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Kendrick Lamar uses his grief-fueled new album to reveal just how human he is


Kendrick Lamar dropped his new album overnight.


KENDRICK LAMAR: (Rapping) One thousand, eight hundred and fifty-five days - I've been going through something.

FLORIDO: One thousand, eight hundred fifty-five days is how long it's been since Lamar's last album - more than five years.


LAMAR: (Rapping) Be afraid.

FLORIDO: This is the introduction of the first song on this new album, "Mr. Morale And The Big Steppers." NPR Music's Rodney Carmichael had his first listen to the new album this morning, and he's here now. Hey, Rodney.

RODNEY CARMICHAEL, BYLINE: Hey. What's going on, Adrian?

FLORIDO: There aren't a lot of hip-hop artists who could make their fans wait five years for a new album.

CARMICHAEL: Yeah, Kendrick is definitely one of the few. But it's probably also taken us about five years to process the last album, so he's right on time, you know?


LAMAR: (Rapping) I pop the pain away. I slide the pain away. I pop the pain away. I slide the pain away.

FLORIDO: Well, when Kendrick Lamar speaks, the whole music world listens. So I'm wondering, what do you hear him saying on this new album?

CARMICHAEL: Oh, man, it's a lot. It's an album that's fueled by childhood trauma, abuse, self-contempt and struggle for acceptance. It's really acceptance from an equally damaged and contemptuous culture.


RADEL ORTIZ: What the...

LAMAR: (Rapping) Eight billion people on Earth - silent murderers, nonprofits, preachers and church, crooks and burglars.

CARMICHAEL: You know, if Kendrick spent his last album, "Damn.," grappling with God's judgment, it feels like it's the judgment of God's people, aka the culture, that he's grappling with now. And, you know, the culture in Kendrick's critique - it really includes the hip-hop populace but also the internet's so-called cancel culture as well as just America's inbred hate of the other.

FLORIDO: Where does Kendrick himself fit into this culture that he's describing? I noticed that on the album cover, he's wearing a crown of thorns.

CARMICHAEL: So I think Kendrick is - has also come to bring peace. He reminds us several times throughout the album, I'm Christ with a shooter. You know, so it's this dichotomy that, you know, tends to play out in his work a lot.

On the song "Savior," though, he's quick to really, like, castigate this popular image of him as some sort of savior, you know, and not just for himself but for anyone who kind of bears the burden of fame.


LAMAR: (Rapping) The cat is out the bag. I am not your savior. I find it just as difficult to love thy neighbors, especially when people got ambiguous favors. But they hearts not in it. See; everything's for the paper.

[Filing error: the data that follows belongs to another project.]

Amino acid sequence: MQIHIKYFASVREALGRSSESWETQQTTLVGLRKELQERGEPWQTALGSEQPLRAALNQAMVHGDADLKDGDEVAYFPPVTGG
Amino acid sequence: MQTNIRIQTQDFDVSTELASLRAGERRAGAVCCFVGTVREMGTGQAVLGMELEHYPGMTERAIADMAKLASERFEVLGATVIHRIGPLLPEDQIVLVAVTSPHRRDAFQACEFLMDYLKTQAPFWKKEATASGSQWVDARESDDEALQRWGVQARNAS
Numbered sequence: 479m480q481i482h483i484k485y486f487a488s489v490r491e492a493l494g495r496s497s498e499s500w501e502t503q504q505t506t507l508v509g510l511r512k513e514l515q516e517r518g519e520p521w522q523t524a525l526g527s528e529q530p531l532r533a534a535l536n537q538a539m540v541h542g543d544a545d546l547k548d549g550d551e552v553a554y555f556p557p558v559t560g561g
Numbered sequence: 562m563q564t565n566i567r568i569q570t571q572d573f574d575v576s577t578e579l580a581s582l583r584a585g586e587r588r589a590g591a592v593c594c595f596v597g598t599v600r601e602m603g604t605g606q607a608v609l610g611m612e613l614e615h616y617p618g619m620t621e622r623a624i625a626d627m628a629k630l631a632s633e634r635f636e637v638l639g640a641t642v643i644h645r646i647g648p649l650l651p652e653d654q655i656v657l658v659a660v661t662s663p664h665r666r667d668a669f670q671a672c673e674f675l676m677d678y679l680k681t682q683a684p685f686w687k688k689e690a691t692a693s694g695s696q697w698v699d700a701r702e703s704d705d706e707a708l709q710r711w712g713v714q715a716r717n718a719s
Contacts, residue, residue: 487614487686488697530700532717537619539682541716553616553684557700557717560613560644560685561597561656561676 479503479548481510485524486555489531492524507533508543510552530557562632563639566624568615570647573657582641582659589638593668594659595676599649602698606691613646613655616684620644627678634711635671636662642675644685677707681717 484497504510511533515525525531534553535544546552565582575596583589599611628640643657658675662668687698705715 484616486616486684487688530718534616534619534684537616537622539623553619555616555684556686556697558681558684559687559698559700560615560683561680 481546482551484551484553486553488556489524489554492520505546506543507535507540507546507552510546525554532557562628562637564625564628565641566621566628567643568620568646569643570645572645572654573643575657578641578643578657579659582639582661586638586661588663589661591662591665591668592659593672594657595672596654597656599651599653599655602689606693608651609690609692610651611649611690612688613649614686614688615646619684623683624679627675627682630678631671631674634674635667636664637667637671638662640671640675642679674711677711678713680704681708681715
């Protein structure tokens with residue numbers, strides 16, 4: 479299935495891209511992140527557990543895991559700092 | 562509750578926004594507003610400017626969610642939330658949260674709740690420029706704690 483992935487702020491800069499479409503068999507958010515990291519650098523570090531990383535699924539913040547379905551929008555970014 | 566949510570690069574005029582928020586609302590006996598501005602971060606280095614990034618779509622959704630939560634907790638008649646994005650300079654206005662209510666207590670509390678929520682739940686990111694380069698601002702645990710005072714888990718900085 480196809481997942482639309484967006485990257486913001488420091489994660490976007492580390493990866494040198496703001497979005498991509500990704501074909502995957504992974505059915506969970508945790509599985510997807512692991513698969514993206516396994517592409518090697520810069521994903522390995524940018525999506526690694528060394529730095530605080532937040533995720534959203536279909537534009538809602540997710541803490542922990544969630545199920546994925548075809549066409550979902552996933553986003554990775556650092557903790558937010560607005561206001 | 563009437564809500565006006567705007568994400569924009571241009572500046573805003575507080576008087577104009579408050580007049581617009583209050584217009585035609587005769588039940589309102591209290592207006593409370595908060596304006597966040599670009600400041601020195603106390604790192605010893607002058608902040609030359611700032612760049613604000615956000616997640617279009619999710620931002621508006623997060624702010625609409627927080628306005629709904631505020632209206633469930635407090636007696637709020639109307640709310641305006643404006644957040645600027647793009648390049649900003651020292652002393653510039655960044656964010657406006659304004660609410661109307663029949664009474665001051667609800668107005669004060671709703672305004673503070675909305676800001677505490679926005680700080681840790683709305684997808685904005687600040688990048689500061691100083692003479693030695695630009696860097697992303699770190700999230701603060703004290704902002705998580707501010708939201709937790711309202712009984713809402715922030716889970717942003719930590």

CARMICHAEL: You know, sometimes those contradictions - they seem purposeful coming from Kendrick. But sometimes they might also be a result of his own faulty logic. I think that's really his ultimate intention - is just to hold up a mirror in the hope that we might see ourselves.

FLORIDO: Does he turn the lens on himself, Rodney? - you know, because Kendrick Lamar is nothing if he's not self-aware. I mean, on the first track, he's rapping about a conversation with his therapist.

CARMICHAEL: Right. I mean, so this album is really fueled by grief. You know, it's Kendrick using his personal grief to tap into our collective grief. And he does that throughout the album.

And on this one confessional song in particular toward the end of the album called "Mother Sober," he tells these stories of, like, generational trauma and sexual abuse and its impact not only on the Black family but really using his own family to kind of, like, reveal the root of his insecurities.


LAMAR: (Rapping) I'm sensitive. I feel everything. I feel everybody. One man standing on two words - heal everybody. Transformation then reciprocation - karma must return.

CARMICHAEL: You know, his words, in a way, become a way for him to really try to break that generational curse.

I really think that this album - it has the potential to be a culture-shifting album, which Kendrick's albums tend to be. It's also already being heavily critiqued by the culture, which is, again, fitting and speaks to that dichotomy that he tends to carry within the culture.

So this is all, you know, just my first impressions. But I will definitely be listening to it for the next five years. And who knows what I might hear and what we all might hear in the meantime?


KODAK BLACK: (Rapping) I choose me.

FLORIDO: We've been talking about Kendrick Lamar's new album, "Mr. Morale And The Big Steppers," with NPR Music's Rodney Carmichael. Rodney, thanks for this.

CARMICHAEL: Thanks so much, Adrian.

(SOUNDBITE OF KENDRICK LAMAR SONG, "MIRROR") Transcript provided by NPR, Copyright NPR.

Rodney Carmichael is NPR Music's hip-hop staff writer. An Atlanta-bred cultural critic, he helped document the city's rise as rap's reigning capital for a decade while serving on staff as music editor, culture writer and senior writer for the defunct alt-weekly Creative Loafing.